The album was 43 years old that week (Yikes!). Though, I too can likely claim it as the album I played most. My friend linked me to the page–

And then he said that he thought of me when he heard the show. He stated that it was I that had turned all our friends onto Neil Young.  I don’t know if that was true, but I do know I very much wanted to be him. I did a credible impersonation and knew all his songs on the guitar –although I never quite mastered  the lead jams. I had a female friend–Sue Shelley–who was a great seamstress and who patched my jeans just like Neil’s with upholstery and corduroy and quilting.  At a festival, a friend’s band invited me on stage and we did “Down By the River.” And I remember once going to a friend’s older brother’s party–whoo-hoo! we were hanging with the big boys–and I played the entire “Last Trip to Tulsa”–all 10 minutes of it–and felt that certain feeling you get as a teenager when the older guys validate you.

First solo album, with the 10 minute “Last Trip to Tulsa”

It was much later, after the Harvest album that another friend said that Neil Young was responsible for thousands of bad guitar players in America.  I’m not sure if he was alluding to me, but I got his point.  Every beginner seems to start with the basic E-minor, D sequence of “Heart of Gold.” But I argued that the simplicity does not take away from the beauty of the songs–it is part of the package, part of the appeal.

I went through them all. Followed the players in their own ventures: a young Nils Lofgren who played on the After the Gold Rush album, formed a exciting band named GRIN before moving on and becoming Springsteen’s guitarist;  the various incarnations of Crazy Horse, whose first album was the soundtrack to so many great moments; the irrepressible producer, Jack Nietzche who went on to win an Oscar for An Officer and a Gentleman and being nominated for his music for One Flew Over the Cuckoo’s Nest.

Anyway, I will confess, Neil was an obsession. I had every Buffalo Springfield album, and followed the many bands that broke off from there.  The same with CSN&Y.  But it was always Neil that was my focus. (Although a girl once dated me because she said I looked like Steven Stills. Probably, not the best foundation for a relationship, but I ran with it for as long as I could.)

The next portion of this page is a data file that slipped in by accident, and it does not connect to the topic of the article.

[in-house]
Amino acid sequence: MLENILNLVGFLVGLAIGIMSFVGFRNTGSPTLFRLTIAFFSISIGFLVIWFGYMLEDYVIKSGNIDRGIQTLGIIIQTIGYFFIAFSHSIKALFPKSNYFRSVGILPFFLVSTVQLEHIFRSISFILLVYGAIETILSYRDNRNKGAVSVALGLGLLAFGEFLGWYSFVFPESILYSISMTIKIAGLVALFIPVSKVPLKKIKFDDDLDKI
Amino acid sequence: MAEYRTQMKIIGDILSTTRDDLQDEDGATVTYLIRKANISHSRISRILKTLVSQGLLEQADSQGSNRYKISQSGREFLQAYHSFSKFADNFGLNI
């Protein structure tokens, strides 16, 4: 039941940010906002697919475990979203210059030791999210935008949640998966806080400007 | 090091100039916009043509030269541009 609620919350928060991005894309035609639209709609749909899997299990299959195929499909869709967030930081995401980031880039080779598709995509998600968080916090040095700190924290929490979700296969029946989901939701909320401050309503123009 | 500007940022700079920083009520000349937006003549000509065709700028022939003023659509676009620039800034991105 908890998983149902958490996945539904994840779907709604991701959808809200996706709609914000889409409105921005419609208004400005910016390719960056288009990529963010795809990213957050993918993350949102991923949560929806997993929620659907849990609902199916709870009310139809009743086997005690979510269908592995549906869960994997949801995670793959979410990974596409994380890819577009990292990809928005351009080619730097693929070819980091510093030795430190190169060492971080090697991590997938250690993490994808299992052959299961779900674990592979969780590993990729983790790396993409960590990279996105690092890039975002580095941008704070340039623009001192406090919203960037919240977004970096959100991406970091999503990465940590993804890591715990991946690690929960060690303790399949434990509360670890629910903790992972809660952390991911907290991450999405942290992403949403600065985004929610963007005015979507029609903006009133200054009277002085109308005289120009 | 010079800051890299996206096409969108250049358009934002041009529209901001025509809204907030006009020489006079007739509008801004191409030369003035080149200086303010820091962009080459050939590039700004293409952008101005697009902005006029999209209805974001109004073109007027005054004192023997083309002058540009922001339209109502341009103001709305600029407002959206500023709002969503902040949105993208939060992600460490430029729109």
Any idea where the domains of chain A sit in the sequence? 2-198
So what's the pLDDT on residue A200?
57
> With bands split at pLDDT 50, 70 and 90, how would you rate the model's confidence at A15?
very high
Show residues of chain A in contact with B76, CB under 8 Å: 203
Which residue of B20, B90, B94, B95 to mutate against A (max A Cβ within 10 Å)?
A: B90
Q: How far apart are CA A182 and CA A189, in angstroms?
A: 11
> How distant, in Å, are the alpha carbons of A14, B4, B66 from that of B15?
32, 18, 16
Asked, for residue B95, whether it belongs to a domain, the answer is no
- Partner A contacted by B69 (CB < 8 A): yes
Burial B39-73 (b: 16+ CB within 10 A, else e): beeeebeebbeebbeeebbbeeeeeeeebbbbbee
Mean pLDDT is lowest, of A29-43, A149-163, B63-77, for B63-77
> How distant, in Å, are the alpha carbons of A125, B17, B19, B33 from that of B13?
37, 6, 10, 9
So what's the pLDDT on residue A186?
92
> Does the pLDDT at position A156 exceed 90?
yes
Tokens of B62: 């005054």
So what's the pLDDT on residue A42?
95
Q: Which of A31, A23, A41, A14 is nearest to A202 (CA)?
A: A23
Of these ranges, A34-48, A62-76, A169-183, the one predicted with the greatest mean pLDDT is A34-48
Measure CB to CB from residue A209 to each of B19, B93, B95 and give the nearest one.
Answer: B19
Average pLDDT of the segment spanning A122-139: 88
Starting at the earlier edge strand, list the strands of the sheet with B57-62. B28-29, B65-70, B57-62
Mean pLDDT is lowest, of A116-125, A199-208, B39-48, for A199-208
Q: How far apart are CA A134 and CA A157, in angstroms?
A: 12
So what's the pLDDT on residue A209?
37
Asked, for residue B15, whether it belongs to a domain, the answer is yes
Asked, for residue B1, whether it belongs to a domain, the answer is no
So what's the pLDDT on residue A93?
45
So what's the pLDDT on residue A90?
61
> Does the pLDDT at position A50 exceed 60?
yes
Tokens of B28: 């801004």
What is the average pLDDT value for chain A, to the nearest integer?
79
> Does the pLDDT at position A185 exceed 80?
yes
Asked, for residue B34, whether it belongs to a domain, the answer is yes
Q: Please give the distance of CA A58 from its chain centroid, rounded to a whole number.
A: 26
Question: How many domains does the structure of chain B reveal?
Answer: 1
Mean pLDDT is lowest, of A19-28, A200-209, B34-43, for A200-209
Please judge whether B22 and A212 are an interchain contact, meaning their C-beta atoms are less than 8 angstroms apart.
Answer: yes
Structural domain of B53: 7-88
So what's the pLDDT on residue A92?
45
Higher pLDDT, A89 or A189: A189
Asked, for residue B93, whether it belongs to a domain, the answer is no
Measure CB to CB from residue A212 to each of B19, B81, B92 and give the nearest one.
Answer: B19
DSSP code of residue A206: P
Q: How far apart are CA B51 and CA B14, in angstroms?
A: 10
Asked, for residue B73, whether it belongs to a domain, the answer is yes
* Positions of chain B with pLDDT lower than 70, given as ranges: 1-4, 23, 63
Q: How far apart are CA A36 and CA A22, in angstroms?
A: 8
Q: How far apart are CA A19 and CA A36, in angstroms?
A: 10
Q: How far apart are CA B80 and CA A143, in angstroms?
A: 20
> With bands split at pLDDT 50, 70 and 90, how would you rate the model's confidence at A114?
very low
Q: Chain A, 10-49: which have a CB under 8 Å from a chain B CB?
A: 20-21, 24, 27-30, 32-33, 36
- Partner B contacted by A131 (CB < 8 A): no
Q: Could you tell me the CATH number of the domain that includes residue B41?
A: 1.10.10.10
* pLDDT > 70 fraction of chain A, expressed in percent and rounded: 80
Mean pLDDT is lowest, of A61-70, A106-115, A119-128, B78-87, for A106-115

And aside from his music, I admired his integrity. He made albums that pushed music every which way. (He was once sued for an album that the record company felt didn’t sound enough like Neil Young. This was the same year a record company sued John Fogerty for sounding too much like his old band. Ah, the suits, you gotta shake your head some time.)  He made rockabilly and electronica and country and good old rock-and-roll. He got involved in personal and political causes; founding Farm Aid in support of small farmers, as well as establishing the Bridge School for children with verbal and physical disabilities. He also leads the Bridge Festival each year which brings along some extraordinary performers and is a large source of fundraising and awareness for the project.

His performance of John Lennon’s “Imagine” shortly after 9/11 on a televised benefit was beautiful and perfect for the situation. Watch it here:

Under the pseudonym, Bernard Shakey, Neil as directed or co-directed a handful of films and produced even more. The recent film CSN&Y/Deja Vu–which centered on CSN&Y and their 2006 Freedom of Speech tour–was a reminder of Young’s commitment to the small man when set up against the larger, darker forces.

It is this film-making penchant which is front and center now. Having received that e-mail announcing the 43rd anniversary of Everyone Knows this is Nowhere, another friend, out of the blue, pointed me towards a new album that is coming in June, Americana. Neil is back with Crazy Horse and they have recorded an album of Americana songs: “Old Suzanna,” “Darling Clementine,” “She’ll be Coming Around the Mountain, ” etc. As of now, he has released three vide0s from the album–not footage of the band playing, but archival film of the rural poor, the ante-bellum rich, D.W. Griffith.  The films themselves are small jewels.  And the music is rocking.

Anyway, here’s the video from “Old Susanna.” Enjoy it: